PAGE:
Keepin' IT Simple

by M. David Peterson

Dare Obasanjo aka Carnage4Life - Simplifying Your Life

Over the past year I've been on a mission to simplify my life piece by piece. Along the line I've made some promises to myself which I've kept and others which have been more difficult to stick with.

Typical news channels have become the junk food channel for the soul. Blogs have helped square things out a bit, but creatively paraphrashing Tim Bray's recent "The Long Form", blogs can easily become the HoHo to the typical news channel Twinkie.

I would start with Tim's piece and move on into Dare's. If you read nothing else today, or even this week, you'll probably be all the better for it.


2006-04-20 07:04:12
You must both be single. Marriage is the most complexifying force in nature. There isn't a RESTful thing about it.

Your whining and whinging are disturbing the other slaves at their oars. Cease or the drummer will hit you with his HoHo.

Tim's discovering that position in the Long Tail isn't an indicator of quality. Opinions are free; insight based on in depth research costs 5 cents for a fully paid up subscription.

Quality is the bifurcator of all open markets.

M. David Peterson
2006-04-20 15:48:52
Hey Len :)

I know I am, and if not mistaken, Dare is unmarried but "with Girlfriend" (based solely on previous posts that make mention of her).

However, I have been in a long term relationship and as such, can understand your point ALL TO WELL :)

"Put down the HoHo and step away from the boat!" ;)

Where do I deposit my nickel, by-the-way?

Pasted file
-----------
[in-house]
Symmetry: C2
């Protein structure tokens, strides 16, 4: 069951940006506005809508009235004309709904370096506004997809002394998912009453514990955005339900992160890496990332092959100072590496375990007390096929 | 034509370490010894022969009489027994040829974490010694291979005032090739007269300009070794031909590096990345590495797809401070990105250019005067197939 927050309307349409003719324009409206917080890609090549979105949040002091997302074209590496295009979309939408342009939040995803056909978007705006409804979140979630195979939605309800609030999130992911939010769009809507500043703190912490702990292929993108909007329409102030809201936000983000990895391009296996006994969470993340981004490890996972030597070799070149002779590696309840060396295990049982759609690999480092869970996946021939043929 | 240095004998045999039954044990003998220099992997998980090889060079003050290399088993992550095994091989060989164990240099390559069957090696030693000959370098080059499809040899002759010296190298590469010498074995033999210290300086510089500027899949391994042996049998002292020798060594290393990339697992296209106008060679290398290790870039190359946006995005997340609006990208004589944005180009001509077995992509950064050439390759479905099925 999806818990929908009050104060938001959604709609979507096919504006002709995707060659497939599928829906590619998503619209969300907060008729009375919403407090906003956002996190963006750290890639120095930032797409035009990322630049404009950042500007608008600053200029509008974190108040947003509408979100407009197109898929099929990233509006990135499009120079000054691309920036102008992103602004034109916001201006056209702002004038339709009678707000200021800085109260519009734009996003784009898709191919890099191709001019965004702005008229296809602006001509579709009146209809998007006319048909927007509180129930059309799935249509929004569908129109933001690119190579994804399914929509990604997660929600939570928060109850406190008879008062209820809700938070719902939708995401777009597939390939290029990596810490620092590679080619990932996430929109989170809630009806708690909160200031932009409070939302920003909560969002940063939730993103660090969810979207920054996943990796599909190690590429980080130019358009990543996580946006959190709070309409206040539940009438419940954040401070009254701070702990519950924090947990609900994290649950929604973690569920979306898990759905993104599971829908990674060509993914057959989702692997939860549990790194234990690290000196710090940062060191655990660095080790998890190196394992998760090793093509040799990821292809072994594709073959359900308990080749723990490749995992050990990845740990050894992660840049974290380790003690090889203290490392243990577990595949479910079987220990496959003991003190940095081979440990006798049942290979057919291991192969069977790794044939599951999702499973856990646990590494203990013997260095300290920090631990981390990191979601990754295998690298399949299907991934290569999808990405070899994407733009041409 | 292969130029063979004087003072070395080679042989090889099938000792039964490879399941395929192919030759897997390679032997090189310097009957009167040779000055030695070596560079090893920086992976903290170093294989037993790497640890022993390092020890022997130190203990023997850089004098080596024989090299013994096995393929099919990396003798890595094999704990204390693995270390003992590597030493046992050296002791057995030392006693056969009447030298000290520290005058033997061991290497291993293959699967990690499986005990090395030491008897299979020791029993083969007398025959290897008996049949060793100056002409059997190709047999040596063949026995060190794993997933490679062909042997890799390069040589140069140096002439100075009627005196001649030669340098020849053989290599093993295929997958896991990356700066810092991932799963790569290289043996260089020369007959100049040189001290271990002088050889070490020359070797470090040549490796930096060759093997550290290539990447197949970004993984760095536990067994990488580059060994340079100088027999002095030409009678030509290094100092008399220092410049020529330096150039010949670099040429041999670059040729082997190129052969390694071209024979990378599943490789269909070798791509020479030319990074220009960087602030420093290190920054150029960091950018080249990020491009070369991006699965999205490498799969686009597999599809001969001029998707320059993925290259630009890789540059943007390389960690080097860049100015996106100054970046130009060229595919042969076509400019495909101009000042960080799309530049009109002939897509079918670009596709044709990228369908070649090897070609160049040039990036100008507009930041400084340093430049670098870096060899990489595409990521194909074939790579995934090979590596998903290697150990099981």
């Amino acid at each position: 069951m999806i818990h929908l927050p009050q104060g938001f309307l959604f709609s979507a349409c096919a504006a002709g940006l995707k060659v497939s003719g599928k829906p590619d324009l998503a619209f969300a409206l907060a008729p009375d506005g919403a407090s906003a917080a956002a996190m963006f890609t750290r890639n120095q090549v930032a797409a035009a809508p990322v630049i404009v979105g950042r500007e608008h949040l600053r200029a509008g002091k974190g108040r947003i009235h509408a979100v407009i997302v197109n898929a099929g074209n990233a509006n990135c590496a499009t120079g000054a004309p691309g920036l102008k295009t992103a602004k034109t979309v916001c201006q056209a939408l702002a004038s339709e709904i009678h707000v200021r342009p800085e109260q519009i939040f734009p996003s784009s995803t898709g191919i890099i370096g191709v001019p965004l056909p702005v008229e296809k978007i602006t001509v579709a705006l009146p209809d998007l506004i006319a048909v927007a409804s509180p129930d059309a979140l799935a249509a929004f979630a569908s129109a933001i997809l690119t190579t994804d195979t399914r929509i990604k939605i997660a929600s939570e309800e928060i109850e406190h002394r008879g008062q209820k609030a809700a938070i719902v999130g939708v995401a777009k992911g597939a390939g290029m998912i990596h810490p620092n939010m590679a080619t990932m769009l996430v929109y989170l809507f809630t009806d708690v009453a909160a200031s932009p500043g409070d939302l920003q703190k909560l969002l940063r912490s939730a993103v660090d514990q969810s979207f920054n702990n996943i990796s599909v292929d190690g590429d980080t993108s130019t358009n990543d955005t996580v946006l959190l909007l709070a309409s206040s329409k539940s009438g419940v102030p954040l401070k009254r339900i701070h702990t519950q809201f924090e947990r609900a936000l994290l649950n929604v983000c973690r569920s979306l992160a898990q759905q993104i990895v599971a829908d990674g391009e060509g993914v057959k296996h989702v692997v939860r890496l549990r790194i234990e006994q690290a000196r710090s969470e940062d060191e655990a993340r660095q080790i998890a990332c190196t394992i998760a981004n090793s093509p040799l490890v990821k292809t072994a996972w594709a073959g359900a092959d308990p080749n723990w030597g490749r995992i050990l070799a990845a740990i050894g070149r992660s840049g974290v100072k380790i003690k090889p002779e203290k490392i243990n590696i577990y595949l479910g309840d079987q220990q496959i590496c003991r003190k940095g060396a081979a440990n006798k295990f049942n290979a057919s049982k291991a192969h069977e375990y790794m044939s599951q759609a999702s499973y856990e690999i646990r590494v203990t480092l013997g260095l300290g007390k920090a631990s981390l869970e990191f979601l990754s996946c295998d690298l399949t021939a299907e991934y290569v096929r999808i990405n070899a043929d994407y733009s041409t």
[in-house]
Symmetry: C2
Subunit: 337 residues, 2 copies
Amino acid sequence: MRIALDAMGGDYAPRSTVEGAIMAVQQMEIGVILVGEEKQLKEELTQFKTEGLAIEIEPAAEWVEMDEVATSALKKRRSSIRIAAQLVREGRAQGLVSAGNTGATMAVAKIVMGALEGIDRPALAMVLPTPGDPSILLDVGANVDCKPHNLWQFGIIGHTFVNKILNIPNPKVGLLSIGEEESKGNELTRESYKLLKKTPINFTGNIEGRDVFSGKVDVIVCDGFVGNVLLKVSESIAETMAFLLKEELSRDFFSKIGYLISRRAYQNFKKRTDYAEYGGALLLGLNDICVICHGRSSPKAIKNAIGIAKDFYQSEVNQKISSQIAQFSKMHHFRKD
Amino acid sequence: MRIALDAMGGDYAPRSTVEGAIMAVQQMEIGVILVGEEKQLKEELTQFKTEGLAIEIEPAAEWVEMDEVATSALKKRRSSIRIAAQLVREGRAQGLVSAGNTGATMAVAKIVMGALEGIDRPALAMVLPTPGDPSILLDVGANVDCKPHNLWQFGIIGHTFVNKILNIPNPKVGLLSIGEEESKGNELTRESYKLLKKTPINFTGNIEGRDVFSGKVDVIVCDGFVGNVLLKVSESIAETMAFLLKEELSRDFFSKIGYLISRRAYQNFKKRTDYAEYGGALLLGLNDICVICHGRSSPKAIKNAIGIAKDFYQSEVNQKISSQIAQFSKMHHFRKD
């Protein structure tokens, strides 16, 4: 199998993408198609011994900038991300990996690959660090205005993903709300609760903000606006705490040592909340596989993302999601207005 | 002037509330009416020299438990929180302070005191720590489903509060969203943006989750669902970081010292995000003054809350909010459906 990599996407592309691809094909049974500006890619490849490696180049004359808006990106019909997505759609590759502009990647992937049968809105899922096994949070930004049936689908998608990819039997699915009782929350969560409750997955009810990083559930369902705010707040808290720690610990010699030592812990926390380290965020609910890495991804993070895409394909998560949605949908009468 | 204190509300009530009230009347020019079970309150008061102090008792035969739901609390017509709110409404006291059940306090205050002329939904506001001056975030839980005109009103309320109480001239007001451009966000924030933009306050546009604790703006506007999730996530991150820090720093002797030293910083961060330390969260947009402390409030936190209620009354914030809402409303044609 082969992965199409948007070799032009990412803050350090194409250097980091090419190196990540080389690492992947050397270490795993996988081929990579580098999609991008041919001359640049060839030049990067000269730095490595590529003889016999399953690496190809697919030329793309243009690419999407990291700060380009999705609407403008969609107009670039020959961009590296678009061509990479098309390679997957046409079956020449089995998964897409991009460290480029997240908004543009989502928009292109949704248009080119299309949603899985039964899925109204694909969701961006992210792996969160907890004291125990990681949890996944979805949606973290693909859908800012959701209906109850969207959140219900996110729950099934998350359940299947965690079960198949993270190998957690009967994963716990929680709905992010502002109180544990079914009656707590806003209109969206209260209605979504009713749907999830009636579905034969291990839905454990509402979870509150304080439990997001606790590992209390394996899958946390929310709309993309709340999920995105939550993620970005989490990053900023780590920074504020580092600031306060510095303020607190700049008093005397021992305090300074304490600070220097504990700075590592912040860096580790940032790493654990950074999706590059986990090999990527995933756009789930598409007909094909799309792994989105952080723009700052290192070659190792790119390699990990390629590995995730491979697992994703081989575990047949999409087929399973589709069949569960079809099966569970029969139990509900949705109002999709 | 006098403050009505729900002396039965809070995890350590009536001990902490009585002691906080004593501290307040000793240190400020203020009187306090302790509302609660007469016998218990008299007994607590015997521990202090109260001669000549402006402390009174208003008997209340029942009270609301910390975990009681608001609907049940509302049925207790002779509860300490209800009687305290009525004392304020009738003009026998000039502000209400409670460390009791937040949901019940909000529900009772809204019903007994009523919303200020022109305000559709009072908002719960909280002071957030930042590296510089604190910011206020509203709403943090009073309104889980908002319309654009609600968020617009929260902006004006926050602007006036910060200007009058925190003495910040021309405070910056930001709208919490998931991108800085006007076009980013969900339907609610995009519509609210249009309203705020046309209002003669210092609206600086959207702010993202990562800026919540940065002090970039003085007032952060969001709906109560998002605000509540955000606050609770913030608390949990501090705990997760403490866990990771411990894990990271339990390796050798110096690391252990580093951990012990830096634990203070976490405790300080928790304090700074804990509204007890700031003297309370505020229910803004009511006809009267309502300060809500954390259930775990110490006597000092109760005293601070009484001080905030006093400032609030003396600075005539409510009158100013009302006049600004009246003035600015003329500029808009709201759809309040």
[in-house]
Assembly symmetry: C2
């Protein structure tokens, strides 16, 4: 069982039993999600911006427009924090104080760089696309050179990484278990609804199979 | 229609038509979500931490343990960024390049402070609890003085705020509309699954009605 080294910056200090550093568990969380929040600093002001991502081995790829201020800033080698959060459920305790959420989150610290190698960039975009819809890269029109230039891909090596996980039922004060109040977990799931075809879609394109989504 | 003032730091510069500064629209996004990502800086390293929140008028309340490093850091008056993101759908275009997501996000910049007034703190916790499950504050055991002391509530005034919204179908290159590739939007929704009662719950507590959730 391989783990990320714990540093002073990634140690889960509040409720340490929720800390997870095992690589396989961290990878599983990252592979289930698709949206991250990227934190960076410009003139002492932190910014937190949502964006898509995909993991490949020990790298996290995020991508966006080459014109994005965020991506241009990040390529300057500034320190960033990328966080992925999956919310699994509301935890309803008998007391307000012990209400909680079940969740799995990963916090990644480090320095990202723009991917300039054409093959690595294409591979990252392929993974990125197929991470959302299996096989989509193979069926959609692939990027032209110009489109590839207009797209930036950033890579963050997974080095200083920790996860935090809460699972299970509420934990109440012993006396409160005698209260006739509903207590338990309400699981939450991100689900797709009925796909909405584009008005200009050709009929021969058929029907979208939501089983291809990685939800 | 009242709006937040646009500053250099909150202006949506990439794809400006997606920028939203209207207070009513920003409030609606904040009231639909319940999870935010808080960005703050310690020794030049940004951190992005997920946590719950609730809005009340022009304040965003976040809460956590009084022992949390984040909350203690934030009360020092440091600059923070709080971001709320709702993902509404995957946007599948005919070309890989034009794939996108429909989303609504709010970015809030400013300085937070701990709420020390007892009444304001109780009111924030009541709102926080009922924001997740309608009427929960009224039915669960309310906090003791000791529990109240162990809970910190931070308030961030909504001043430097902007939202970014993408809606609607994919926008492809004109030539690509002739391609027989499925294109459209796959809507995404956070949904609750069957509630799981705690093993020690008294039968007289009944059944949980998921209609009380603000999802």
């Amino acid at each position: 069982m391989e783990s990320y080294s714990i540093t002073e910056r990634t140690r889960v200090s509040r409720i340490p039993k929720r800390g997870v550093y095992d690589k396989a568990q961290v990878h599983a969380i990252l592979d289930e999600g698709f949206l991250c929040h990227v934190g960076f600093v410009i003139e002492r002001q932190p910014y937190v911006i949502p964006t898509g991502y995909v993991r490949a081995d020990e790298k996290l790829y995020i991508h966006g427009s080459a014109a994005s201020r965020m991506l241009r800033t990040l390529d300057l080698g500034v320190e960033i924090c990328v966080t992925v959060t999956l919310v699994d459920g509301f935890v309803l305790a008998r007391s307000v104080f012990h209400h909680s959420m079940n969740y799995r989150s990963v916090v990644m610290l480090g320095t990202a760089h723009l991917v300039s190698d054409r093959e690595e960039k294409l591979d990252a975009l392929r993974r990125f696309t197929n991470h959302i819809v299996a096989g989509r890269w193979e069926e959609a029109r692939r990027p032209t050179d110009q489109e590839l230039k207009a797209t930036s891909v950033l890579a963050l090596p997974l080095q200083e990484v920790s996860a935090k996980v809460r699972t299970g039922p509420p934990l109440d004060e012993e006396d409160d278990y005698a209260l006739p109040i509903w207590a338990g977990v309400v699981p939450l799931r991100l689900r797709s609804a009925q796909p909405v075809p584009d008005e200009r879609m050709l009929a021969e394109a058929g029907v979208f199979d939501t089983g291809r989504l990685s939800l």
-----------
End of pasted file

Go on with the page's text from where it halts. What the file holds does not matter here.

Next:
2006-04-24 14:01:10
Give it to the girl at the door so she can put it in an offshore bank account for later application to your first son's bail when he gets a driver's license. :-)

The long tail isn't a statistical curve; it is a tool. If you hook up to it in a 'gain sensitive' spot, you can have a lot of influence and almost complete anonymity. You just have to accept that the idea if unsuccessful will be tried again later and if successful, that you get none of the credit. On the other hand, if you invest that nickel well, you will get many happy returns and none of your poor relatives will be wiser.

M. David Peterson
2006-04-24 15:18:50
Hey Len,

Thanks for providing reason and opportunity for me and anyone else who reads this to think about life outside the inner-box > < and as such gain a greater understanding as to what life is really like (or at least can be like) when you live inside the outer-box, but outside of the world-defined box :)

2006-04-25 07:09:41
You may want to consider Scoble's tirades for full-text feeds and the comments about content theft. It all feels good until you are the owner of the pilfered silver and not the person buying it on the cheap from the pawn broker. So don't expect everyone to be really happy about it. In the ancient days of Hippie Freedom, liberating food from a grocer to feed one's mates was considered an act of kindness by the band; the grocer considered it shoplifting.

On the other hand, if you have enough stuff, giving it away doesn't hurt as much. That is one of the tough decisions one makes on the way to evolving a soul, David; when to let go of stuff that is cluttering up the garage of one's own head so others can have a better living room.

See Monty Python: The Meaning of Life (the scene where Palin and Idle play American business men explaining the meaning of life).

M. David Peterson
2006-04-25 08:01:42
Hey Len,

Thank you for this. :) Whats interesting to note is that about two weeks ago I finally decided it was time to start the long journey to the uncluttered mind, which includes not just whats stored in my head, but extends into whats stored on all of the various hard drives I have running the various machines I have working for me.

The ongoing result can be monitored via At some point this will redirect to, but that will happen transparently with the proper 'Permanent Redirect' code in place.